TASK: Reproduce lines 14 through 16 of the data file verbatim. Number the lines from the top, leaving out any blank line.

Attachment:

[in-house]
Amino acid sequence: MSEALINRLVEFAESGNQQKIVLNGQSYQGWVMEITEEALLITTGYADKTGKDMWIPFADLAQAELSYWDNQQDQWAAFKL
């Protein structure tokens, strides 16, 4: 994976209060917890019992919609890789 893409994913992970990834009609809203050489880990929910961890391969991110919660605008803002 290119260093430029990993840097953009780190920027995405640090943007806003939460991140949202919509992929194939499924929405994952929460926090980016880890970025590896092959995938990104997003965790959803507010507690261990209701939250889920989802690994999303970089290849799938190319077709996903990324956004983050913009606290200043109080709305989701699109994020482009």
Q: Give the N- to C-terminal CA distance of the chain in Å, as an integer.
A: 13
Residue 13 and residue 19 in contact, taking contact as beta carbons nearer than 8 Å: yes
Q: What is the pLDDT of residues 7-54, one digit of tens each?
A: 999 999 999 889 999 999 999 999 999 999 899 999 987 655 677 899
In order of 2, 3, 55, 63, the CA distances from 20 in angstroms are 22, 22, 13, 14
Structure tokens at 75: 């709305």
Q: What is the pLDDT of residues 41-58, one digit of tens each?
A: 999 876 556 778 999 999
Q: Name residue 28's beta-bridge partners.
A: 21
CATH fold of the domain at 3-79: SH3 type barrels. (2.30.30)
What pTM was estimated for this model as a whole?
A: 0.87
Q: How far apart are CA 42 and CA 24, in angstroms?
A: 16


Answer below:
A: 21
CATH fold of the domain at 3-79: SH3 type barrels. (2.30.30)
What pTM was estimated for this model as a whole?